The following appeared today in The National Post. I would encourage you to go online (here) and reply to the comments section of this article. It is truly “scary” to read what some poeople say about the “hero” Robert Latimer.
Michael Coren: On Robert Latimer and how Canada just became scarier for the disabled
Posted: February 27, 2008, 6:51 PM by John Turley-Ewart
Robert Latimer, the Saskatchewan farmer who killed his disabled daughter, is to be released on day parole. The decision comes from the appeal division of the National Parole Board and is a direct reversal of the regional board’s ruling of late last year. Latimer was convicted in 1993 of killing his daughter Tracy, who suffered from cerebral palsy. Although he argued that his act was a “mercy killing,” he was convicted of murder and began his sentence in 2001. (Ed. note: Read a timeline of Latimer's case)
One of the central reasons why Latimer’s parole was originally declined in December, 2007, was because he refused to acknowledge that he did anything wrong. He killed his daughter, he argued, out of love. He was putting the girl out of her misery. Perhaps a more candid explanation was that he was putting her out of his.
Tracy Latimer was profoundly ill. But she attended school and, according to the crown presentation during her father’s trial, “enjoyed outings, one of which was to the circus, where she smiled when the horses went by. She also responded to visits by her family, smiling and looking happy to see them. The pain she suffered was not unremitting, and her life had value and quality.”
In fact almost all physical pain is controllable. The emotional pain of a parent less so. And when Robert Latimer killed Tracy shortly before her 13th birthday he was doubtless in agony. Problem is, personal suffering does not give one the right or privilege to take away the life of another human being. Nor do Latimer’s actions indicate even subjective morality. Initially he denied killing Tracy, lying that she had died in her sleep. It was only after an autopsy revealed high levels of carbon dioxide in her blood that he admitted to putting her into his truck and connecting a hose form the exhaust. He also confessed to having considered, “shooting her in the head.”
Yet if Robert Latimer had been honest from the beginning, he is still a murderer. A father who placed his able-bodied daughter in a car and choked her to death would provoke unanimous outrage. Because Tracy was disabled, and thus particularly vulnerable, we are ambivalent about the crime and even aggressively sympathetic to the criminal.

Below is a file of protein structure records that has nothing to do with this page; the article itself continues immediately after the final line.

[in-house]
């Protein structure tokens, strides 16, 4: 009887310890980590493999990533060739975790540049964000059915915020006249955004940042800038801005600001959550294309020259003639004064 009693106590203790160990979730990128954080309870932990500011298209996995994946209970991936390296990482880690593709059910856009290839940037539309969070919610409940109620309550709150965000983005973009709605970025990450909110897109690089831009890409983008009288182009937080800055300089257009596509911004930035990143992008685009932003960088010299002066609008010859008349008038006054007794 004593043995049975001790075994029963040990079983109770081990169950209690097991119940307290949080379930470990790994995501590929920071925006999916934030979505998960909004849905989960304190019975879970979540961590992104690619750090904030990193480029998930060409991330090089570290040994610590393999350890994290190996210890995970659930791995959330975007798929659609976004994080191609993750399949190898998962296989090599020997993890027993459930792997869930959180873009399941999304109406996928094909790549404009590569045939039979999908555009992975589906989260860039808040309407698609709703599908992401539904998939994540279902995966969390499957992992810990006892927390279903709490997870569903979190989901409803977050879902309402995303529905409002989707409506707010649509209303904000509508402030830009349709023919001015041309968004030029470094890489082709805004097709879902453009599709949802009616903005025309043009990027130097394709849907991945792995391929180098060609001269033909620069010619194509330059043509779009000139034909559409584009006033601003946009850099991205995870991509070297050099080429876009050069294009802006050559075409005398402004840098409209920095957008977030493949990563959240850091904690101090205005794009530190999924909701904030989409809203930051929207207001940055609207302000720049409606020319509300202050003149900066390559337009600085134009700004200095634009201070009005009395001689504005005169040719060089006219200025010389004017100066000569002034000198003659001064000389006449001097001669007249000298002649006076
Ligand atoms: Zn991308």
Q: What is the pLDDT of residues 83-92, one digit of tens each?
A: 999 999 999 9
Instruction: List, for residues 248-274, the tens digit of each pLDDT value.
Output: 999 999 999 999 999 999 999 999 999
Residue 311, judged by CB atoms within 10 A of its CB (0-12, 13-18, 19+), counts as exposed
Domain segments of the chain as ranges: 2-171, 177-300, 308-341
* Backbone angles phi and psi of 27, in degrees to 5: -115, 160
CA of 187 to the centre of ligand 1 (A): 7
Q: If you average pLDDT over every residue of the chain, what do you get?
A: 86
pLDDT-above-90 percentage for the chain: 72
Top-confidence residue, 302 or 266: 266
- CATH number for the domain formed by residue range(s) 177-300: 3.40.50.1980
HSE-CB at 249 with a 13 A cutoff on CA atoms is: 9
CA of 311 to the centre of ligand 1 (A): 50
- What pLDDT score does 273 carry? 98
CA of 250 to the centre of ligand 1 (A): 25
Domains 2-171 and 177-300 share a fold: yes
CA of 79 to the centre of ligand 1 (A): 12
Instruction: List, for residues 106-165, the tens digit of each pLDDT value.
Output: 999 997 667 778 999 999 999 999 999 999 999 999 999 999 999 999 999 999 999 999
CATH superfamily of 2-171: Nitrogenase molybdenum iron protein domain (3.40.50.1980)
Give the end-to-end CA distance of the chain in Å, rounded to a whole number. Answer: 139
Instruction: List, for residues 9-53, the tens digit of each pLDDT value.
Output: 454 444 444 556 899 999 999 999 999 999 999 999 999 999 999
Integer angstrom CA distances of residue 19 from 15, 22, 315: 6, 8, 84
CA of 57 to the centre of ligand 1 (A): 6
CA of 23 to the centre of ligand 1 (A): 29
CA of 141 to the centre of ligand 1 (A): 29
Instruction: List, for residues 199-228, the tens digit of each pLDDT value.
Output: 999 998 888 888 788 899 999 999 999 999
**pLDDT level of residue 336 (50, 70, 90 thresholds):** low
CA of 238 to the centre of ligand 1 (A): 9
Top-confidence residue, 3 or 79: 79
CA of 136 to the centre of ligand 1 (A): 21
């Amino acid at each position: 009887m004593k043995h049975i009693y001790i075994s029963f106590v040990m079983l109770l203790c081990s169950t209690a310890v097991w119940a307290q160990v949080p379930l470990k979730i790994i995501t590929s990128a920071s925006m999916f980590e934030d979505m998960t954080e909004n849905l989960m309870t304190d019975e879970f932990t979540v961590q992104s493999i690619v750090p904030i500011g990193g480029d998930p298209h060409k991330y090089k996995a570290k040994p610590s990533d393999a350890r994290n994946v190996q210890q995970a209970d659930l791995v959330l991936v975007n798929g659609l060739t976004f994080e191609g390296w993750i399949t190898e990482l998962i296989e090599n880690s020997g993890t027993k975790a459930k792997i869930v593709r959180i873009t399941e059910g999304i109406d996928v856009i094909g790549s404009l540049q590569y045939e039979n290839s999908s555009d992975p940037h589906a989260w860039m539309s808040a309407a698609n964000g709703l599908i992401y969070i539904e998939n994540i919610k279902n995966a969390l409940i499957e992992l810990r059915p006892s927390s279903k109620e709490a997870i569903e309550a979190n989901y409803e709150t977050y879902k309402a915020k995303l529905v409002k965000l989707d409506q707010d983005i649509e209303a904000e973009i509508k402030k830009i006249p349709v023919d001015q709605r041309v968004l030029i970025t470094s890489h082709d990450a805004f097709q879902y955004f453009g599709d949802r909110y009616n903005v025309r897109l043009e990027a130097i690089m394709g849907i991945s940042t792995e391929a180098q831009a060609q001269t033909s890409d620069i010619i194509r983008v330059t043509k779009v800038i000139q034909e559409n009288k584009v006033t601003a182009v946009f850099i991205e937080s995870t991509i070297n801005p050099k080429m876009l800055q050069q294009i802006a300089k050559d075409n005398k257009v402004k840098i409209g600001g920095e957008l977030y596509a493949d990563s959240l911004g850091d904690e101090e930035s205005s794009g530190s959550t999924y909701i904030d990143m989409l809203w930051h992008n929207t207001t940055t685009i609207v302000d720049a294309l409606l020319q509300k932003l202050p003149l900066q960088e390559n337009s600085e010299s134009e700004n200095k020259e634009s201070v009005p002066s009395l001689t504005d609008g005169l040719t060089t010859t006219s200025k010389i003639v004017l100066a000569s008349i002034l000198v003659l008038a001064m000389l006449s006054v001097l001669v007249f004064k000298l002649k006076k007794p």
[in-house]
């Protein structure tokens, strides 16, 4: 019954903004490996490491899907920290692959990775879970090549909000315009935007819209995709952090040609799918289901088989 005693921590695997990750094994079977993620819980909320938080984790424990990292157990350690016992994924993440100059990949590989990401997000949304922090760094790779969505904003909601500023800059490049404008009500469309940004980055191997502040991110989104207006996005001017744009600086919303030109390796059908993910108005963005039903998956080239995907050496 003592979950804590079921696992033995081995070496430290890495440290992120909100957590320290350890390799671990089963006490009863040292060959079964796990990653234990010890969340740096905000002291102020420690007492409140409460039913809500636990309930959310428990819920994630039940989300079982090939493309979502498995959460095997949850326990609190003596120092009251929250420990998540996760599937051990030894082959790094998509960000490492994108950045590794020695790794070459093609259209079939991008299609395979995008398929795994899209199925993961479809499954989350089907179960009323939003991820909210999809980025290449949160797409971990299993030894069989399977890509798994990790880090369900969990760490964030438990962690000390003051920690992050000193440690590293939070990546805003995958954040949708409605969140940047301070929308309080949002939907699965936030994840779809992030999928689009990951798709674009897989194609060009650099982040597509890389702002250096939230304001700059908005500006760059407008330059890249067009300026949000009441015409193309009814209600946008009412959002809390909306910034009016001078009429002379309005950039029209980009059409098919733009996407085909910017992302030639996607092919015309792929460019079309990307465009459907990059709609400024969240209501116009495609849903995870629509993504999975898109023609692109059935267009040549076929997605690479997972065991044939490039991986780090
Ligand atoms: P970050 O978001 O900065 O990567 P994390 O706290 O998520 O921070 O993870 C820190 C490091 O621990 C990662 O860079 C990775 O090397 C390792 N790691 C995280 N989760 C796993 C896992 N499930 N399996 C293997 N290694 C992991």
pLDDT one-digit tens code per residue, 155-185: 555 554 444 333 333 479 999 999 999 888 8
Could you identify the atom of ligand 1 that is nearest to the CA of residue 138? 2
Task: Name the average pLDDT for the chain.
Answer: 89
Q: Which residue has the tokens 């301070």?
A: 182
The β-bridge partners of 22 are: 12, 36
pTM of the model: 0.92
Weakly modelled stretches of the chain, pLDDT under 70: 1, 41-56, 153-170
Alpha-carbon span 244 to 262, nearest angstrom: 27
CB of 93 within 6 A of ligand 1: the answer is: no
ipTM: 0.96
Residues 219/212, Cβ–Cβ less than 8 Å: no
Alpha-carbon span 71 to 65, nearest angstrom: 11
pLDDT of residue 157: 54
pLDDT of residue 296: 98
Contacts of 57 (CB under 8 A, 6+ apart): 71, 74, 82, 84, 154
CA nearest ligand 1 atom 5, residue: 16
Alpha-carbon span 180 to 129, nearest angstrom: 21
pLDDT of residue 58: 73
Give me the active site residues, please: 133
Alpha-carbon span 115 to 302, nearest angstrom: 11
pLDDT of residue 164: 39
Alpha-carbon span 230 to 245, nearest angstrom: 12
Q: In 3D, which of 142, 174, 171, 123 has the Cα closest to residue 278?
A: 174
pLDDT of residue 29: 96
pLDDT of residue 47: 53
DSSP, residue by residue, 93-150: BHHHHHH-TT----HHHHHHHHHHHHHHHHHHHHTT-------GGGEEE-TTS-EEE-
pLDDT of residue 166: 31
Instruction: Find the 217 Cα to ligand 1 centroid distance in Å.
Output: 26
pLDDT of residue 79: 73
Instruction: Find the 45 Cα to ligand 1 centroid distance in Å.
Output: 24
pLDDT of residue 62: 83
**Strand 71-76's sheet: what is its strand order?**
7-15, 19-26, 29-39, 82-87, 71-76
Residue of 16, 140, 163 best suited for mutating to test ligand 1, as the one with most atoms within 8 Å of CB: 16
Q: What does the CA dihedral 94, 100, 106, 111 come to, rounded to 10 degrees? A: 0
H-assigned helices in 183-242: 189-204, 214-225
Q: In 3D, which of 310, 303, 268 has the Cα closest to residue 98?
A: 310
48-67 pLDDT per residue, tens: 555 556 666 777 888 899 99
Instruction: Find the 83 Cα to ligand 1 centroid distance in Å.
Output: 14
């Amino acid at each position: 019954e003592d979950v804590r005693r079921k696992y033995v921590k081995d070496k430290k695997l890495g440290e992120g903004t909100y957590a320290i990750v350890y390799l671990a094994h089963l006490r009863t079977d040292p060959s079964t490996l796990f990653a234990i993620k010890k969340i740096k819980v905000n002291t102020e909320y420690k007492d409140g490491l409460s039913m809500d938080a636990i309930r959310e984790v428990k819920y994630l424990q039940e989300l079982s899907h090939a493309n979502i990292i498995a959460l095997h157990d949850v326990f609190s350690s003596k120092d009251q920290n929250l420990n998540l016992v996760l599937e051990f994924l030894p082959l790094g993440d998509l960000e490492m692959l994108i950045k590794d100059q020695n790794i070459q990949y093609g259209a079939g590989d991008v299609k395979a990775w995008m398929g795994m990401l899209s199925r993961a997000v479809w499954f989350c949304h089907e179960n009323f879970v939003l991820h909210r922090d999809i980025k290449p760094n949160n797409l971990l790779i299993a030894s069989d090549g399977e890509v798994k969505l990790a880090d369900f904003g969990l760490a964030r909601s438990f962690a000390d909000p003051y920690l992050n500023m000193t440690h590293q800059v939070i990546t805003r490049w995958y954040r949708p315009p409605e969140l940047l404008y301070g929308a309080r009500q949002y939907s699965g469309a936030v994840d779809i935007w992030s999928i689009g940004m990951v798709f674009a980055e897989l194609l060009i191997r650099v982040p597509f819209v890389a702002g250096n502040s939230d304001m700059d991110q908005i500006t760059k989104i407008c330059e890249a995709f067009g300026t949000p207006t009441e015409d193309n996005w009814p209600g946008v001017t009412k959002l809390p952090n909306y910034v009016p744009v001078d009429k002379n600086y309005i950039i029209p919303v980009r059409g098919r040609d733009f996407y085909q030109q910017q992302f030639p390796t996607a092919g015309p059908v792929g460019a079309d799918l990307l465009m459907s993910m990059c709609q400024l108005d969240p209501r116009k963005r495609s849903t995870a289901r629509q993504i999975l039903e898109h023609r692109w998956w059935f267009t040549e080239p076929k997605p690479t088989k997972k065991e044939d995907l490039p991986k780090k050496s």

The disabled have the same rights as anybody else and Canada boasts notions of equality, derived from universal human concepts, that are supposed to form and define the very fabric of our culture. No person, whether they be parent or stranger, has the moral authority to take innocent life.
There are numerous extraordinary families who care for people just like Tracy Latimer. If her father could not cope — and none of us should judge him for that — he had the option of allowing others to cope for him. At no time did Tracy seek death. She was, however, different. She did not conform to the expectations and demands of normality and others decided that there was insufficient quality in and to her life. But life is either sacred or it is not. If it is, preserve it at all costs. If it is not, we might as well destroy it at will. It is terribly expensive to keep the sick alive and wholly impractical to prolong the life of an ill person who will die anyway.
Teague Johnson wrote the following during the Latimer trial. “I am 11 years old and have really severe cerebral palsy. I feel very strongly that all children are valuable and deserve to live full and complete lives. I had to fight to live when I was very sick. The doctors said I wouldn’t live long, but I knew I had so much to accomplish still. I had to fight pain all the time. When I was little, life was pain. I couldn’t remember no pain. My foster mom helped me to learn to manage and control my pain. Now my life is so full of joy.
“There isn’t enough time in the day for me to learn and experience all I wish to. I have a family and many friends who love me. I have a world of knowledge to discover. I have so much to give. I can’t walk or talk or feed myself but I do not need to be ‘put out of my misery’. My body is not my enemy. It is that which allows me to cuddle my mom. Life is a gift. My life is going to be astounding.” It was. Teague died, naturally, in the summer of 1995.
Not Tracy Latimer. Now her father, who still believes that he is not a criminal, has been given parole. Canada today is a little less secure and a little more frightening than it was yesterday for the disabled and those who love and care for them.